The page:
Dealing with the media can be intimidating. But if you understand journalists' objectives, the fear disappears and you can recognize media management as an opportunity to tell your organization's story. Use this checklist to boost your confidence when dealing with the media.Getting to Know You
When you first meet a reporter, find out as much as you can about what his/her needs are. Some like news releases, some don't. Many reporters don't mind your buying them coffee; others do.
One of the first questions you should ask a reporter is, “What is your deadline?” Always be sensitive to reporters' deadlines.
Look at each contact with the media as an opportunity, whether it is a positive or negative story.
Release information to the media quickly and accurately. If you don't know the answer to a question, say so and try to find it.
Be as open as possible. This will help develop a long-term relationship.
Return reporters' calls promptly, preferably within 30 minutes.
Show concern for the reporter's questions.
Make efforts to refer the reporter to the source who can get the information needed.
If you can't release information, explain and document why.
Don't pit one local station or newspaper against another.
Let your media contact know about positive stories, but don't cry wolf.
A reporter needs certain ingredients for a news story. If you know what those ingredients are, you will know more about how you can help yourself and the reporter at the same time. You will also be able to sell your stories to the news media better! A good news story may contain one or several of the following elements:
It affects people's everyday lives.
It affects a lot of people.
It pulls on the emotions of the reader.
It involves government waste or savings.
It is controversial.
It involves human suffering or dignity.
It helps those in need.
It is different or unusual.
It has is immediacy.
Its subject matter is of national interest.
No matter how much you prepare, you will always get a question that you don't expect. Here's what you should do when that happens:
If you don't know the answer to a reporter's question, no matter how tempting it is to give an answer on the spot, simply say that you don't know but that you will find out. When the interview is over, follow through on that promise.
Remember: who, what, when, where, why, and how are the essential elements of a good news story.
Ask yourself what the average person will want to know about this story.
Ask yourself what your industry associates will want to know.
Determine three major points you want to make during an interview. Stick with those points.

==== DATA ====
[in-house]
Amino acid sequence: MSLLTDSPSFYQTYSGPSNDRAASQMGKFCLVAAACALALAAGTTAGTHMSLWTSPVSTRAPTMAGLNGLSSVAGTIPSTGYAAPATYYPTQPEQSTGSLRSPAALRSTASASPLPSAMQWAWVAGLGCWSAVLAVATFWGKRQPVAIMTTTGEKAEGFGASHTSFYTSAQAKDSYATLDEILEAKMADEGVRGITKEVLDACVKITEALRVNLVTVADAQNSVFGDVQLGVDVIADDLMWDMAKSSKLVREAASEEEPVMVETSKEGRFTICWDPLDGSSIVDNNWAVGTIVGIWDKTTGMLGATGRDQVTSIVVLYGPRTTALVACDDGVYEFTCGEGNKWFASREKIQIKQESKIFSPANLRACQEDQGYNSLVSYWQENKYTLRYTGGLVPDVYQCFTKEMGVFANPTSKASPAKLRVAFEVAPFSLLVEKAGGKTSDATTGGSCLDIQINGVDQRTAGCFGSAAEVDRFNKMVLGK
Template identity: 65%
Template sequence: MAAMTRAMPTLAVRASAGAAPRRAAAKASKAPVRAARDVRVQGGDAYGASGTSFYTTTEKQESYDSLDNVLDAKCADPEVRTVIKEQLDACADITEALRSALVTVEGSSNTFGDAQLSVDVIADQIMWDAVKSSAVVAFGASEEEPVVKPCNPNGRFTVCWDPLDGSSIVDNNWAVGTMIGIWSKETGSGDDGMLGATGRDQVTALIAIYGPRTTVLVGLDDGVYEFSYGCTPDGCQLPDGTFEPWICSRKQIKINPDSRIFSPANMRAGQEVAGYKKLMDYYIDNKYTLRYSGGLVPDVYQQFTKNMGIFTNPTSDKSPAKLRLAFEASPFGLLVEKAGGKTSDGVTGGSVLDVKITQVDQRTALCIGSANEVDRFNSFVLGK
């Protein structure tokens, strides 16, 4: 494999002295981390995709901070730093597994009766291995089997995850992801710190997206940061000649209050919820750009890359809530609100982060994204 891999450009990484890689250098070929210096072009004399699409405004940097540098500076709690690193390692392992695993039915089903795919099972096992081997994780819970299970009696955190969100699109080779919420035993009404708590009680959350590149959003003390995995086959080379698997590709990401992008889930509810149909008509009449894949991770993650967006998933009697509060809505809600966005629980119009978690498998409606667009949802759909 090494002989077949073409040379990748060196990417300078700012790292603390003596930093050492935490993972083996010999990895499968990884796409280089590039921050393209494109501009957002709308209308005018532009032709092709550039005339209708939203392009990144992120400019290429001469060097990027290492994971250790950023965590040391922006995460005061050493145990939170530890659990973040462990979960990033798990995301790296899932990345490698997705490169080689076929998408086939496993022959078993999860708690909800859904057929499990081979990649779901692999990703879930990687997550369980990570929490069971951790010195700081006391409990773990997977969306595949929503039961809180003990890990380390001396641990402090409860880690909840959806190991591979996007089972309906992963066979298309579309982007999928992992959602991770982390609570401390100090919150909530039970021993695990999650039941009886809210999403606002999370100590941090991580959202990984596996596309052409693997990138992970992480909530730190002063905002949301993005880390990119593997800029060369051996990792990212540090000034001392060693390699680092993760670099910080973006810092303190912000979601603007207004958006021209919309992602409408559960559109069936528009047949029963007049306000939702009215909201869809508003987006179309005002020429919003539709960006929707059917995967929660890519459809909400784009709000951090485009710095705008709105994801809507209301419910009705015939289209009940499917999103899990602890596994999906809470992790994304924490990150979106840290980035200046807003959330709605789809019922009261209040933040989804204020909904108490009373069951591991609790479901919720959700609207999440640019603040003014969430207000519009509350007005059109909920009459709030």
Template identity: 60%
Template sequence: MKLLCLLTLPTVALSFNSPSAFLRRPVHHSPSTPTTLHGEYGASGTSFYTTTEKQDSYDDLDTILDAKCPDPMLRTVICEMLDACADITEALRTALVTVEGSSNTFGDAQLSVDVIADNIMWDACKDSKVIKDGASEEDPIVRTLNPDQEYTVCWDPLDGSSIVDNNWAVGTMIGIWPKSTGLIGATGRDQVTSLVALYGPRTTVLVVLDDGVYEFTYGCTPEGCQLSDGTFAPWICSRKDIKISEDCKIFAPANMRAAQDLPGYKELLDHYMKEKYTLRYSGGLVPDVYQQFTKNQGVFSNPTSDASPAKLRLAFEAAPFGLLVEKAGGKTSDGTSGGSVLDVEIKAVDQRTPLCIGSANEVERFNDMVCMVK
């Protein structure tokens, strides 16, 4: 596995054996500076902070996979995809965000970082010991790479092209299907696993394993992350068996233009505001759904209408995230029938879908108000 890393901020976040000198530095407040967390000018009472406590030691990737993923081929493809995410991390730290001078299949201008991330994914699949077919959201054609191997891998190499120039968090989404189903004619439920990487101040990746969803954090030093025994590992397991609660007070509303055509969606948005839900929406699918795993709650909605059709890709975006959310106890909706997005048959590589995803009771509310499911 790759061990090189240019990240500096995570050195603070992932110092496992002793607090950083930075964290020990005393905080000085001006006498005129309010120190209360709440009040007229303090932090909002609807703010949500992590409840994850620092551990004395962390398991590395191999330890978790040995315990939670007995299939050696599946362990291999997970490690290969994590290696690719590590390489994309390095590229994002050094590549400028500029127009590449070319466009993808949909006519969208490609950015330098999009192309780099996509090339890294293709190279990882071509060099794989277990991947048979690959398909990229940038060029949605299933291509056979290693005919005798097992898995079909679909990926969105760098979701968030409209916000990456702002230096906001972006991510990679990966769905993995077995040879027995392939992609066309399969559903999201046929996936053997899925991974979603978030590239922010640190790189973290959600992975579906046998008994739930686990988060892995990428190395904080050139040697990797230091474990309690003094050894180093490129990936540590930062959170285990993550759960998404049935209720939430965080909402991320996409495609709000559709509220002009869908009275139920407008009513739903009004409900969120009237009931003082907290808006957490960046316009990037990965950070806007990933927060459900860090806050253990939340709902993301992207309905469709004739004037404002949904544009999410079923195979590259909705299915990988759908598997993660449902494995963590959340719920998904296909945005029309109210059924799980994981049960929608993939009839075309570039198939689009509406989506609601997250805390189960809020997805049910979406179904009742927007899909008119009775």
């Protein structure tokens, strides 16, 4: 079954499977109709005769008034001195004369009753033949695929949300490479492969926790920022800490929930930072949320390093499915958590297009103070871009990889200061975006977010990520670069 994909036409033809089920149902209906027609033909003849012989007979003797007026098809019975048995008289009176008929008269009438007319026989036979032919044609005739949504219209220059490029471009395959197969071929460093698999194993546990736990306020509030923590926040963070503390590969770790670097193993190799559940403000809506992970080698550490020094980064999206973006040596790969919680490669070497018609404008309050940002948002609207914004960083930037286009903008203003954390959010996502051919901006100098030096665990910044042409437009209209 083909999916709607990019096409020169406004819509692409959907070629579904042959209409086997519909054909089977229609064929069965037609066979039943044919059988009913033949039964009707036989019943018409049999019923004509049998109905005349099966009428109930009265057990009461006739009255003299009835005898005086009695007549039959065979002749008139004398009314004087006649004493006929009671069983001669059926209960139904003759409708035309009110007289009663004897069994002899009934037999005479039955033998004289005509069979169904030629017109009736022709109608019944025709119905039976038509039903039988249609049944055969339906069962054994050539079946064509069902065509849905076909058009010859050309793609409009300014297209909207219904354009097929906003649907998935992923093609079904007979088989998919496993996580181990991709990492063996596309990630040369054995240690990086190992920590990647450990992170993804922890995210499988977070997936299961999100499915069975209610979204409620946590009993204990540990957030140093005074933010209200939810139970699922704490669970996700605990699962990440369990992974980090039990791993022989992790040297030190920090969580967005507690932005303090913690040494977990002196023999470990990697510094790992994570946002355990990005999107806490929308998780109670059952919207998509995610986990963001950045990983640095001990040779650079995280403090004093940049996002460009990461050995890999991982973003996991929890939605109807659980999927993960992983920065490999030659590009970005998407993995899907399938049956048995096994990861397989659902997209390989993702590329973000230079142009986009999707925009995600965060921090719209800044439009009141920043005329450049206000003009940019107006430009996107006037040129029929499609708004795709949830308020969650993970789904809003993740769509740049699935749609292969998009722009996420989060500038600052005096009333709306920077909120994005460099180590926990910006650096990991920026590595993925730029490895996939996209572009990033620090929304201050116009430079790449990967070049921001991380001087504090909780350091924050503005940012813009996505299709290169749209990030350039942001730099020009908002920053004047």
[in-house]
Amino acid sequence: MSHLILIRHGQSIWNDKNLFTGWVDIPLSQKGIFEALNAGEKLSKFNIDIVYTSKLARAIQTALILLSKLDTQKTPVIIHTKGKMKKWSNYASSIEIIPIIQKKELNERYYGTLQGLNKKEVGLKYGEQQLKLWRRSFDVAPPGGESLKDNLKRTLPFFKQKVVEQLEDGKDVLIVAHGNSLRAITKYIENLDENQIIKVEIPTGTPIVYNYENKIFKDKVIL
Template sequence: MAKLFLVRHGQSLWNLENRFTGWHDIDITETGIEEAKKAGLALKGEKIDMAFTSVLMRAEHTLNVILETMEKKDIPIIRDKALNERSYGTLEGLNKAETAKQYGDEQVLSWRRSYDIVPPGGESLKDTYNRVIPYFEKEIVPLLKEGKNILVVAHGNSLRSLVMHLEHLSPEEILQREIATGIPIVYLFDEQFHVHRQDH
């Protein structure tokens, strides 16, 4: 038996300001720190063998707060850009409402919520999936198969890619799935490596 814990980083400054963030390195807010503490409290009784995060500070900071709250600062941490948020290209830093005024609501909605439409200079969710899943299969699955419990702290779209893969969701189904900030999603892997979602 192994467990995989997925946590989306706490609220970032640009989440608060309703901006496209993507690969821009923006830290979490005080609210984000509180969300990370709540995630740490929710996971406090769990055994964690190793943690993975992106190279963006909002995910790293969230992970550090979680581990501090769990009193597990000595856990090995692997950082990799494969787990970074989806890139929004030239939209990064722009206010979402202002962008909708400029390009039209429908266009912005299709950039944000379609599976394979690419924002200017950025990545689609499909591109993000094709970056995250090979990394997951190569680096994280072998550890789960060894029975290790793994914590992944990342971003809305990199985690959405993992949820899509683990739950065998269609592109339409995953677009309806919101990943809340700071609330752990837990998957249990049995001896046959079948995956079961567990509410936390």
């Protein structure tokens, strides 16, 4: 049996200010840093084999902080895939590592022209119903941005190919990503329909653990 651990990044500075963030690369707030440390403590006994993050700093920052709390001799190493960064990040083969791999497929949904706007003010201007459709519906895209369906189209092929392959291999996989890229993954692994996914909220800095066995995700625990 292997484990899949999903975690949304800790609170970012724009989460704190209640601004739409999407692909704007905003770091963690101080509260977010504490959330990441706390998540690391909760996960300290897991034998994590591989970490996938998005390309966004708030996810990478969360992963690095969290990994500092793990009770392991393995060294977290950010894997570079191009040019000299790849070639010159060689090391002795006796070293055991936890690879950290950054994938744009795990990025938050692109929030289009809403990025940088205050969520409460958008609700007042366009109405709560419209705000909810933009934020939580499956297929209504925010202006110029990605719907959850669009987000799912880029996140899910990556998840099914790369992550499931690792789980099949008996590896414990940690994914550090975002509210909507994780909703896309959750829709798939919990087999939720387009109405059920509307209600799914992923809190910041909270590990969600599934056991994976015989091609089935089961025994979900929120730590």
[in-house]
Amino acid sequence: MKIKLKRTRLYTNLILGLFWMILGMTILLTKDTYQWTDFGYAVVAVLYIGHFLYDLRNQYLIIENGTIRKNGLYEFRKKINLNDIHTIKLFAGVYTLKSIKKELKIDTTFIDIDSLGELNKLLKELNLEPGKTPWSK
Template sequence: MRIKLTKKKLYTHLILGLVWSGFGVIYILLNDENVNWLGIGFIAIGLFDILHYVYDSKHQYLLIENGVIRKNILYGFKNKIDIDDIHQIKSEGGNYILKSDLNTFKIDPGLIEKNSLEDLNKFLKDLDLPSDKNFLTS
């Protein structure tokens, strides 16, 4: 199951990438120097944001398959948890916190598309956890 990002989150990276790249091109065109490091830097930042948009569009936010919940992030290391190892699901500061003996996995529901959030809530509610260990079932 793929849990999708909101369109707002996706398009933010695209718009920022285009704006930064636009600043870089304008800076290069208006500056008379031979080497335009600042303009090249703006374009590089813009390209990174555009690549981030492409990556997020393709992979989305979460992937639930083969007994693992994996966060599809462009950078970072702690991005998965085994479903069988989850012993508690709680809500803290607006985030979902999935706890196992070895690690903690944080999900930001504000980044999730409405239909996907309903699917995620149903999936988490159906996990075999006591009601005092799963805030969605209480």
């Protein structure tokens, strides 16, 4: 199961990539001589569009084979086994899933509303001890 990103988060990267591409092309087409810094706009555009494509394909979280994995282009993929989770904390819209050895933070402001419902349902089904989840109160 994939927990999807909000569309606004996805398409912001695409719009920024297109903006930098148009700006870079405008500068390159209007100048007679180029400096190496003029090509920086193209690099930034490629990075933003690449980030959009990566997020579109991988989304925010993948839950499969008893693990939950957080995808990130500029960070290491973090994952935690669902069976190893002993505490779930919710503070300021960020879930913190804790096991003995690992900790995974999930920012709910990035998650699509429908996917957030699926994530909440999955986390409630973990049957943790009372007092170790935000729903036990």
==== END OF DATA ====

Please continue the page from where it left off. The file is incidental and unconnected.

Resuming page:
Review, but don't memorize your responses. You don't want to sound “canned.”
Correct the reporter if a question he or she asks is based on incorrect information.
The safest bet is to never go “off the record.” However, in my seminars and my experience as a news reporter, I have met several people who have used this technique to their advantage. As a news reporter, I wanted people to give me information “off the record” to guide me in the right direction during my news-gathering process. However, many people have been burned by “off the record” remarks that have ended up in a story. If the answer is “no” to any of the following questions, it's not a good idea to go “off the record.”
Do you trust the reporter?
Do you want the information to be made public?
Do you have a clear understanding of what the reporter means and does the reporter have a clear understanding of what you mean by “off the record”? For example:
Giving the reporter background that's not to be used in the story.
Giving the reporter background to be used in the story, but not attributed to you.
Can you be sure that your colleagues, competitors, or the target of the story won't guess that you are the confidential source?
Will going “off the record” serve a productive purpose for you?
The post-interview period is a crucial time. A lot of people make mistakes because they think the reporter has quit taking notes, or the camera is off. Don't bet on it! However, it can also be an opportunity to build credibility with the reporter.
Offer to get the reporter information you may not have known about or had access to during the interview.
Don't make any off-the-cuff remarks.
Don't laugh. The photographer may still have the camera on.
Later in the day, call the reporter and ask if he/she has all the information needed.
Show your appreciation to the reporter when it is appropriate.
If you liked the story, write a note to the reporter saying so. It's not a good idea to say, “Thanks for the publicity.” It's better to say, “Thank you for your fairness.” The reporter isn't doing the story to give you PR, but because the information will be useful or interesting to the public.
Let the reporter know about other sources of information that can add to the story. Be ready with names and numbers. This will help the reporter get more in-depth and get the jump on the competition, and it will help you build credibility!